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Well, the first thing salt was for the ancients was a preservative. It kept meat, fish, cheese and other foods edible in a world without refrigeration. And one of the tasks Christ gives His disciples is to preserve His teaching fresh and intact, and hand it on pure and uncorrupted. Some people think this makes Christians fundamentally conservative, always rehashing old sayings and old ways of thinking as I did to begin with today. And it is true that we are grateful recipients of the Word of God, of a corpus of teaching, of a beautiful tradition of worship and action for justice and compassion. Our task is, indeed, to conserve these things faithfully and transmit them to future generations.

But living traditions, as opposed to museum exhibits, offer more than relics of bygone ages. Our religious-cultural-linguistic tradition equips us to respond well to new challenges and ideas; they allow us to enter into dialogue, assess these things critically, and adopt what is helpful, without being swept along by the tide. And so we come to the second use for salt: we add salt to eggs or soup not to preserve them but to flavour them, indeed to bring out what’s best in that food. Christians don’t just conserve their tradition, important as that is; rather they bring their faith to their society, its institutions and activities, its culture and members, to season them with God’s word and make them more wholesome and flavoursome. In the process their own tradition expands and evolves, so they bring to their next encounter those new experiences as well as their ancient wisdom.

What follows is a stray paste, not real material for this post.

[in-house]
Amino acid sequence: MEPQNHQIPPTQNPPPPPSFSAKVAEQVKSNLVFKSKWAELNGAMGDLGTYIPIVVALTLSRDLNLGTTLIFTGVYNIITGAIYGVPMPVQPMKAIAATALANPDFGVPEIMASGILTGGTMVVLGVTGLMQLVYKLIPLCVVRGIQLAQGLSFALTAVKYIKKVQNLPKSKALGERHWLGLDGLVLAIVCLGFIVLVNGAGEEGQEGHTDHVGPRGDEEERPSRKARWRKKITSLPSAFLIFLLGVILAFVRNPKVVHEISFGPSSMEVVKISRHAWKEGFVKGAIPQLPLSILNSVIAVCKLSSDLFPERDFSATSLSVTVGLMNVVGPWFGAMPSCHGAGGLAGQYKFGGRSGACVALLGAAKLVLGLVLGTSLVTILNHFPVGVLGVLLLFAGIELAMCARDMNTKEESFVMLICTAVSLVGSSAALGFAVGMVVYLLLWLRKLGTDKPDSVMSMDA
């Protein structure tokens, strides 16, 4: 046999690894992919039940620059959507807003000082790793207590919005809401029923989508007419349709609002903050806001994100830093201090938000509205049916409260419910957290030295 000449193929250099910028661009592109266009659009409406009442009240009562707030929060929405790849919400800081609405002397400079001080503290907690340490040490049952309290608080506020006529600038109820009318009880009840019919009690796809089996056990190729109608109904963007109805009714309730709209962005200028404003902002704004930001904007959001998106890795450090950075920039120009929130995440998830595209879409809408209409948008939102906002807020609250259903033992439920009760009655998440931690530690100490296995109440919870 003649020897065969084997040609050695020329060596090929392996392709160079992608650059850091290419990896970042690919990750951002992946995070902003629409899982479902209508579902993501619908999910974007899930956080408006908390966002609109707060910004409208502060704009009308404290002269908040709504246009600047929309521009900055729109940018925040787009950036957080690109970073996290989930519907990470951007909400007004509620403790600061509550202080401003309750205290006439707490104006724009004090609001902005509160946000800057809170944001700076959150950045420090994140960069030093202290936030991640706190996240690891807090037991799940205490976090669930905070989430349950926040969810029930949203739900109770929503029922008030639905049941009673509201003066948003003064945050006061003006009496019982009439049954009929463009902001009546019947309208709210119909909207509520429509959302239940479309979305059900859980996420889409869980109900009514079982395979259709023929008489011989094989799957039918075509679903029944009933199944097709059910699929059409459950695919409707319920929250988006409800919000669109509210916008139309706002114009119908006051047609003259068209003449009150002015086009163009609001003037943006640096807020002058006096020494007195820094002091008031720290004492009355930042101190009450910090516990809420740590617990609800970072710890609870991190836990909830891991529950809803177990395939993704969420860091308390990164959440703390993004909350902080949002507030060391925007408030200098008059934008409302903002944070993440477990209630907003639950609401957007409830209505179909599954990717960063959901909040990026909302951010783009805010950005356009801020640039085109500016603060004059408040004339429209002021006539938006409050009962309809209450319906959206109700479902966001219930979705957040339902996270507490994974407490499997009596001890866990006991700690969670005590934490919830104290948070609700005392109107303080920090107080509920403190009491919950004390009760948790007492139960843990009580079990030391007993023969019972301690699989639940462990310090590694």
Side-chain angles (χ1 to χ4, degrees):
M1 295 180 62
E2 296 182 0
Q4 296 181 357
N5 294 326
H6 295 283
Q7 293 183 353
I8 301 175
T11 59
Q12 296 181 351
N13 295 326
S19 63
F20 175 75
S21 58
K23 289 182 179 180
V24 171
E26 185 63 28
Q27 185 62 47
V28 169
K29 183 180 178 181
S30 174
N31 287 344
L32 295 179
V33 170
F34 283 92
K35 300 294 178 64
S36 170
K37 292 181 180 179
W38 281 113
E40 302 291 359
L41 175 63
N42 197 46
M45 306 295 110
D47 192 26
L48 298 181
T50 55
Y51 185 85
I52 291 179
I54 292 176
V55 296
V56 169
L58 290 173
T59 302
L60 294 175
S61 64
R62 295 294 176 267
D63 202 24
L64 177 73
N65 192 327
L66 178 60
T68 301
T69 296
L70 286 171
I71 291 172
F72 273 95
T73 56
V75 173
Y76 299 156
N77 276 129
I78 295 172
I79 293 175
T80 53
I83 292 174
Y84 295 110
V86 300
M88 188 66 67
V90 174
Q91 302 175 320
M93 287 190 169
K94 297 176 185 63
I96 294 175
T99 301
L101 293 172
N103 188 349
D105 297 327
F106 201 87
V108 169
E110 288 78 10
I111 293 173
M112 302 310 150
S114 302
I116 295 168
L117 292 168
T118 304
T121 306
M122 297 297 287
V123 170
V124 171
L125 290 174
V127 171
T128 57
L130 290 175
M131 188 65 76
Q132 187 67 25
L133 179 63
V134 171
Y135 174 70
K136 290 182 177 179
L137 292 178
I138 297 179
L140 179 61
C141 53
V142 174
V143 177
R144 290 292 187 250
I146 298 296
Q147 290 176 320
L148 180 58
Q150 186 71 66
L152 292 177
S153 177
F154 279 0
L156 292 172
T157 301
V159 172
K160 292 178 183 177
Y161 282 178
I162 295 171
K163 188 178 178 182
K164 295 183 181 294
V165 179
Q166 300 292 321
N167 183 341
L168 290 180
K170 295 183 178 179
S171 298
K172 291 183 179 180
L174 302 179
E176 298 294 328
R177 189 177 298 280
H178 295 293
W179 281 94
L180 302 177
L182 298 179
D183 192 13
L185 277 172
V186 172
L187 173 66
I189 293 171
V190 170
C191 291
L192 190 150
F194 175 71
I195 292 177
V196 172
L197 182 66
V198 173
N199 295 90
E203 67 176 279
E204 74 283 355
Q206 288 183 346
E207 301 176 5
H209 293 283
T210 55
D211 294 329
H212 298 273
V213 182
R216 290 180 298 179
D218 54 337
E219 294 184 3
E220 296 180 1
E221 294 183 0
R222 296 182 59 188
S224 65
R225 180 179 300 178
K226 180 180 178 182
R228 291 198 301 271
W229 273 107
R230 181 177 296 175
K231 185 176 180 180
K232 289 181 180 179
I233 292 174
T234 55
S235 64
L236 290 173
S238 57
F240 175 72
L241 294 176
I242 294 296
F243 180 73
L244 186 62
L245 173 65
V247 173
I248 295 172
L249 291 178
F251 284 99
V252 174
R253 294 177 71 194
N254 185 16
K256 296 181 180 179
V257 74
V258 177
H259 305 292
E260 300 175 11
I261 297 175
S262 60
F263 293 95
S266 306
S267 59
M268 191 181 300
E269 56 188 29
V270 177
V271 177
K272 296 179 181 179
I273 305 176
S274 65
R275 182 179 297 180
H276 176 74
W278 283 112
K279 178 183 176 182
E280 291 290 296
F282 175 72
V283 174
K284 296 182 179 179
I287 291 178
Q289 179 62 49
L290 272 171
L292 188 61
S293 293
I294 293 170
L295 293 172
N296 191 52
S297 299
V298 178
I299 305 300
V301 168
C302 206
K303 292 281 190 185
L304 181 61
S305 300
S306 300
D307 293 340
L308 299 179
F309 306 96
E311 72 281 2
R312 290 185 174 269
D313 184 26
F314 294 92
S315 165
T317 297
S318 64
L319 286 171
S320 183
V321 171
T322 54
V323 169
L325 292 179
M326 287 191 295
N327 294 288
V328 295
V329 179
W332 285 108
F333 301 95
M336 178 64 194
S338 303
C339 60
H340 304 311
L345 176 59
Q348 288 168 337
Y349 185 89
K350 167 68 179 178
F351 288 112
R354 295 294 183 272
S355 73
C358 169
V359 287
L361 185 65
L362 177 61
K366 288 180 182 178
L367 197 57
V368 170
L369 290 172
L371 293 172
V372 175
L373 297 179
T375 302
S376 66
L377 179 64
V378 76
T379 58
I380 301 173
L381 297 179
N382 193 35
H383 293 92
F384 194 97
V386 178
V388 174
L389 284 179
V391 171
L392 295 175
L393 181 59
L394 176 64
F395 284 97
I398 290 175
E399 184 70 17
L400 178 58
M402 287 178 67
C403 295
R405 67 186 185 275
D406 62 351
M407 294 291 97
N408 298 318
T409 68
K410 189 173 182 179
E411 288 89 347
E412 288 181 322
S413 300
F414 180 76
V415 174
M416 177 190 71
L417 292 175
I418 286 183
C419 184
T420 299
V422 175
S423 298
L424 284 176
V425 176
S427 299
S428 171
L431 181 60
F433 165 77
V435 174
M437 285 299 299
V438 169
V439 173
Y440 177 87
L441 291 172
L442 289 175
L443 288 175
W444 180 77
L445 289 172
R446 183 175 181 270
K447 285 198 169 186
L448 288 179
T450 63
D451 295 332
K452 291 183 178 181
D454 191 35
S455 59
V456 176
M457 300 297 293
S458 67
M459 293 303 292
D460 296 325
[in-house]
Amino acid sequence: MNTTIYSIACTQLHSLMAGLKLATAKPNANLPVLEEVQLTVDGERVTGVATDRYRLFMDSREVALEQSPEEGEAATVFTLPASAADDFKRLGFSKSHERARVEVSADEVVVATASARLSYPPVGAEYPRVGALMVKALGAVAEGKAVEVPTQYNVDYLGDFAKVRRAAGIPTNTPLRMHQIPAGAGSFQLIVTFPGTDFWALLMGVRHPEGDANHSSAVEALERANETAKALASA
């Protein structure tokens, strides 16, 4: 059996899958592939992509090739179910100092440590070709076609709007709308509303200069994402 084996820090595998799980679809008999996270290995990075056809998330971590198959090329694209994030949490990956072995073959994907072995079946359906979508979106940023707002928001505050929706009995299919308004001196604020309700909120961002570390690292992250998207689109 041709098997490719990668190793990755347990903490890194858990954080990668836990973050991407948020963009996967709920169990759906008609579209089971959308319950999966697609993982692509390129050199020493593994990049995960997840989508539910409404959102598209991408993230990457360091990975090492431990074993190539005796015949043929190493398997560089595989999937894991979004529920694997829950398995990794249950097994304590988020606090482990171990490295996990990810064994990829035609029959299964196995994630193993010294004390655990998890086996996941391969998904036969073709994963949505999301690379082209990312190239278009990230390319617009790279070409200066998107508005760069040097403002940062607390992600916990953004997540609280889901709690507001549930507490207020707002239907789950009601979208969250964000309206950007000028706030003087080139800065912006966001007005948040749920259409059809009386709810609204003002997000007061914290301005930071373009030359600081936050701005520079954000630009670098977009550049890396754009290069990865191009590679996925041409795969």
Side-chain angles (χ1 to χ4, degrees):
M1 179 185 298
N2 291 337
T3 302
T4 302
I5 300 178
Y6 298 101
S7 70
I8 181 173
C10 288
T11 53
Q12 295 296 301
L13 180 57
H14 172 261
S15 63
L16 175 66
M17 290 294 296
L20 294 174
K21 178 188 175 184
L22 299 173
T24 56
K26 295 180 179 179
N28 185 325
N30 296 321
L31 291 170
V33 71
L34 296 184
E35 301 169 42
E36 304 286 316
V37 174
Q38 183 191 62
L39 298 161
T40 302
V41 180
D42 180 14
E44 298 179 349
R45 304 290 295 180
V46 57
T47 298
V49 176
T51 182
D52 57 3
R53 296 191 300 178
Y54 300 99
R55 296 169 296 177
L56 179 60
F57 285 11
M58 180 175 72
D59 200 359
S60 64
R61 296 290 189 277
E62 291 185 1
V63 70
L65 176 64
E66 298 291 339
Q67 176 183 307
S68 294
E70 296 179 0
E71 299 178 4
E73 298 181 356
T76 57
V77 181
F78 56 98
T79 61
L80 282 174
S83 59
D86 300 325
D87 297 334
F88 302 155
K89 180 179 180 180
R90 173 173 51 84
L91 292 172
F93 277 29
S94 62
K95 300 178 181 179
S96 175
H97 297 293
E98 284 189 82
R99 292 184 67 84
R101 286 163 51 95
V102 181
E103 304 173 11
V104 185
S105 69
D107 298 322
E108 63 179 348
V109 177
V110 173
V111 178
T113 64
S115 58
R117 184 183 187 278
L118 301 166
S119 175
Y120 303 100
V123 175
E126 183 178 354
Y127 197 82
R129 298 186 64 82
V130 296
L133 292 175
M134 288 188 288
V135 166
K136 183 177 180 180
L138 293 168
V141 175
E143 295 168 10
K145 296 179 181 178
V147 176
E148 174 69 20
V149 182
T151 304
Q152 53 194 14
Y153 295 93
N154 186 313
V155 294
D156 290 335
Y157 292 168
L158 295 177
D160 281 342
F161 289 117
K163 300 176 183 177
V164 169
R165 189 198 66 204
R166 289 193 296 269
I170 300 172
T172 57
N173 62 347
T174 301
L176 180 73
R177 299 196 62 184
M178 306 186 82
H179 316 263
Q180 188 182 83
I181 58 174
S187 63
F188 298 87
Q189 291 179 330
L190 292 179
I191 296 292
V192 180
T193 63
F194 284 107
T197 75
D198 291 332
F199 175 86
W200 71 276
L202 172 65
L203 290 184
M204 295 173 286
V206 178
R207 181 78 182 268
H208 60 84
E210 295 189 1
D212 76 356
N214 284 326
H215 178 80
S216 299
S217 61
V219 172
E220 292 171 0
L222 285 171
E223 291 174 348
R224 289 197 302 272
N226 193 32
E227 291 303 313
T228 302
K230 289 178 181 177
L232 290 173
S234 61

What, then, did Jesus mean when He warned against Christians becoming unsavoury? Surely He knew that sodium chloride will only ever taste like salt. Well, in the ancient world salt was often contaminated by other minerals, diluting its effect or making it unpleasant to taste. The risk for us Christians is that, affected by the world around us, we will fail to preserve what we have received or to flavour what is around us. In the dialogue with culture the Gospel can be drowned out and we can end up converted to a weak kind of ‘Christianity Lite’ rather than converting those around us full-cream Catholicism.